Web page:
After a series of very stupid and very public mistakes, investors had essentially written off shares of Netflix (Nasdaq: NFLX).
Late last year, Netflix lost 3 million subscribers and angered many others after a series of mind-boggling missteps. The bad press that ensued took a serious toll on Netflix's stock. But as history has shown, great companies temporarily beaten down by bad press can have tremendous upside potential.
You see, investors tend to think rosy thoughts when times are good. And when bad news in is the air, they are quick to expect the worst.
The fact is that most investors get things wrong. Even the experts on Wall Street were wrong in telling investors to SELL Netflix shares when the stock was trading in the $65 - $75 range.
Instead of listening to the "experts," I advised subscribers of my $100k Portfolio investment newsletter service to BUY Netflix in early December when the stock was trading in the low $70s. I also told readers that Netflix is my very favorite investment idea for 2012 (click here for the report).
Netflix is an outstanding example of how investors who take a contrarian view can reap big profits in a very short period of time.
What Happened to Netflix?
Netflix's business model hadn't changed - just the stock price. Netflix's wounds were self-inflicted, the product of near-comical lapses in judgment.
First the online video giant jacked up its prices by 60%. Then the company proposed splitting its DVD-by-mail and online streaming businesses into two web sites, only to scrap the plans in a poorly conceived late-night email from owner and founder Reed Hastings.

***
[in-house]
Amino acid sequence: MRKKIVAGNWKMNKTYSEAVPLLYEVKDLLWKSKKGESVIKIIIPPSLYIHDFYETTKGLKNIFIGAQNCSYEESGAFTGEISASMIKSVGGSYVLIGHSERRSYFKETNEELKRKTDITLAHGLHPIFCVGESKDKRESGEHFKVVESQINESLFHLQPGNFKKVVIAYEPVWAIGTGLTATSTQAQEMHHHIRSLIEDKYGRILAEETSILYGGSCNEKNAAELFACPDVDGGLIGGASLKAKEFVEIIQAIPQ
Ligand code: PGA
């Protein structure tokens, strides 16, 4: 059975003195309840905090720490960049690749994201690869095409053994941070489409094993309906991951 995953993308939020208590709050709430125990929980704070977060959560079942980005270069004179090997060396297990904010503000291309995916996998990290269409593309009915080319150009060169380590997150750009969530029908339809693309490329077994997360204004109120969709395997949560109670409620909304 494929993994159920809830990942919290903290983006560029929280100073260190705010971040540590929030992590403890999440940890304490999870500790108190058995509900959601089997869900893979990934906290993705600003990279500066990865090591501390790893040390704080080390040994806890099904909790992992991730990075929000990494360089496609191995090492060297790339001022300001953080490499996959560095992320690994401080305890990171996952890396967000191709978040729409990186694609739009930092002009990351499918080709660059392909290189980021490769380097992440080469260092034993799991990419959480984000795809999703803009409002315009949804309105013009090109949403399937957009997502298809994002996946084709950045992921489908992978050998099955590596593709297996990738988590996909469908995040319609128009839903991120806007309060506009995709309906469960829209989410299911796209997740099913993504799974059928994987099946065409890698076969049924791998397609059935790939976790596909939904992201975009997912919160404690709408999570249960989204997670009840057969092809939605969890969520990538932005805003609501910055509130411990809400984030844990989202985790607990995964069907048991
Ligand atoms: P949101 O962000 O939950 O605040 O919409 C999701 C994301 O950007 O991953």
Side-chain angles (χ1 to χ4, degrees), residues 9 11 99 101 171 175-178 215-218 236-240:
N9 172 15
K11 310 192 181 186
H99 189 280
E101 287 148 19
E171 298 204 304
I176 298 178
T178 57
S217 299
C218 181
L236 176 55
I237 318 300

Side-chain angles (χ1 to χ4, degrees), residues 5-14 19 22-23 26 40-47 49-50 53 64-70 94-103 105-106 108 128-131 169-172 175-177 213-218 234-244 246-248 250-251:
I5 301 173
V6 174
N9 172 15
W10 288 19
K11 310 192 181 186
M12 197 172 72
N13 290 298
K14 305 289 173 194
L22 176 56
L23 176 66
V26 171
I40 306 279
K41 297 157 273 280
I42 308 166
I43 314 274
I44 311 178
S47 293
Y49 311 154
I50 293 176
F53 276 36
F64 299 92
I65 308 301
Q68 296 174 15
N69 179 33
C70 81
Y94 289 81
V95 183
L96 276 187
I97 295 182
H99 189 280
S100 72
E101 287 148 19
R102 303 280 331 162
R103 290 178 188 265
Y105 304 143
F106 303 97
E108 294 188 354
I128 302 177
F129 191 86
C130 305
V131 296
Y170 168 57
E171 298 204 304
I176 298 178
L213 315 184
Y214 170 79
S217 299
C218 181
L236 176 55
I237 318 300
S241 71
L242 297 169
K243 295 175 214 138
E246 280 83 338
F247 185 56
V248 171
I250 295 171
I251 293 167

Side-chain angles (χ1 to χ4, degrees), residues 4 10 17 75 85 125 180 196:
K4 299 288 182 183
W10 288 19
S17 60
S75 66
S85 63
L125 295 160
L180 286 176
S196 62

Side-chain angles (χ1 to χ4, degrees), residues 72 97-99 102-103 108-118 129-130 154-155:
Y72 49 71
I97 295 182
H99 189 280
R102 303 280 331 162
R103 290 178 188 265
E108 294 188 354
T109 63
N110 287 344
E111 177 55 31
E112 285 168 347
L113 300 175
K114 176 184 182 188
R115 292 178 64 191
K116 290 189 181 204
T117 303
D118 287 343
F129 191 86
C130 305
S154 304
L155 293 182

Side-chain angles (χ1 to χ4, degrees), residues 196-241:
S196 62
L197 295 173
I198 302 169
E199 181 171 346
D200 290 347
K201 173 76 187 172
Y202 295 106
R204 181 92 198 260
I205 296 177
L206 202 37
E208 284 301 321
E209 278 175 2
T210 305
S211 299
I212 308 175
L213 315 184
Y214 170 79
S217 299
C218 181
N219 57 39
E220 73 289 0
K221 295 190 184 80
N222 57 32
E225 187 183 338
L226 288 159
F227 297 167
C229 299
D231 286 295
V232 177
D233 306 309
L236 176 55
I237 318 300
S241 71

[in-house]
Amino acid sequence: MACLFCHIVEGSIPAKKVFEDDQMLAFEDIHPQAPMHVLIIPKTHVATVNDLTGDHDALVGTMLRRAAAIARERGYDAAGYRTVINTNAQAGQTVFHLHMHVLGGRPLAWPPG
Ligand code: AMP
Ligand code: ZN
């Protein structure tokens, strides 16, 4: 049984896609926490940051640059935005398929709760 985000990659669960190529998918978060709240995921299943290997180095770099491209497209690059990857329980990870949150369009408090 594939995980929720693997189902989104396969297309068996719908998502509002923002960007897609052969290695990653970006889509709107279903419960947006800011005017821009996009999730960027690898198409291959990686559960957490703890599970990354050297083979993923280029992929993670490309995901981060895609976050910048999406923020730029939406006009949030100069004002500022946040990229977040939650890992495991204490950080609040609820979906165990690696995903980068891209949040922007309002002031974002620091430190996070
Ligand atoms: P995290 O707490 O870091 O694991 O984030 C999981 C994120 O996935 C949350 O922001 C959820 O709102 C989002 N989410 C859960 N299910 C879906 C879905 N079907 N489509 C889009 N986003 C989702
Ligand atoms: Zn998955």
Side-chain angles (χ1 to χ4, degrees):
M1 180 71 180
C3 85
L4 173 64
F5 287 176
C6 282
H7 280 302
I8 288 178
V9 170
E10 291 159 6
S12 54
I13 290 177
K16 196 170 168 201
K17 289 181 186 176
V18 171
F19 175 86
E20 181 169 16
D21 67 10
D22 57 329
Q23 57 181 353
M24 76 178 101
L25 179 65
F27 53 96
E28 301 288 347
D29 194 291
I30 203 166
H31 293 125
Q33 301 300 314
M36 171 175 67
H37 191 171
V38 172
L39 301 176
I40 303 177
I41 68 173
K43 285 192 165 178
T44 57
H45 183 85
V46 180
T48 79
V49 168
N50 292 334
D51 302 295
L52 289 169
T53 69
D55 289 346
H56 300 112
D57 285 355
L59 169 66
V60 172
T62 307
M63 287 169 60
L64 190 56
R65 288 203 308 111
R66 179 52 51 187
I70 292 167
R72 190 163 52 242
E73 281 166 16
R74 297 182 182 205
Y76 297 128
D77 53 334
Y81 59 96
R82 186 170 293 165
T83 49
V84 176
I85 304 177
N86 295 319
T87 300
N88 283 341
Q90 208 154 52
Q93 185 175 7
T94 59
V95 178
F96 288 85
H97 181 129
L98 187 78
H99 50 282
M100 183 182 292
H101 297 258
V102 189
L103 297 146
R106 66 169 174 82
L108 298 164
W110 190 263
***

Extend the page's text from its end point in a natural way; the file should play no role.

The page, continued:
Seemingly overnight, Netflix - a stock-market darling as recently as last summer - was virtually left for dead. From July 13 to November 30, the stock fell 79% - from a mid-summer high of $304 a share to a post-Thanksgiving low of $63.86 a share. Its market cap plummeted to $3.84 billion in early December, less than one-quarter of the $16 billion market cap the company briefly touched over the summer.
As I wrote in December, however, I thought the stock had a chance to double over the next six to 12 months.
I wrote, "When a company gets this beaten down, the result is usually a huge gain over the following months."
Well, guess what. It's been two months, and the stock has almost doubled already. Netflix shares were trading at $125.67 as of this morning - a 79% improvement from what it was just two months ago. Better-than-expected fourth-quarter earnings were the main catalyst behind Netflix's sharp jump in price. The stock vaulted from $95 a share to $125 a share in the three trading sessions that followed the company's January 25 earnings report.
Netflix's fourth-quarter earnings were nothing extraordinary, mind you. Profits declined 14% from the same quarter a year ago despite improved revenue. But the stock had been so beaten down that little was expected from the company last quarter. Even the slightest signs of life were embraced by investors.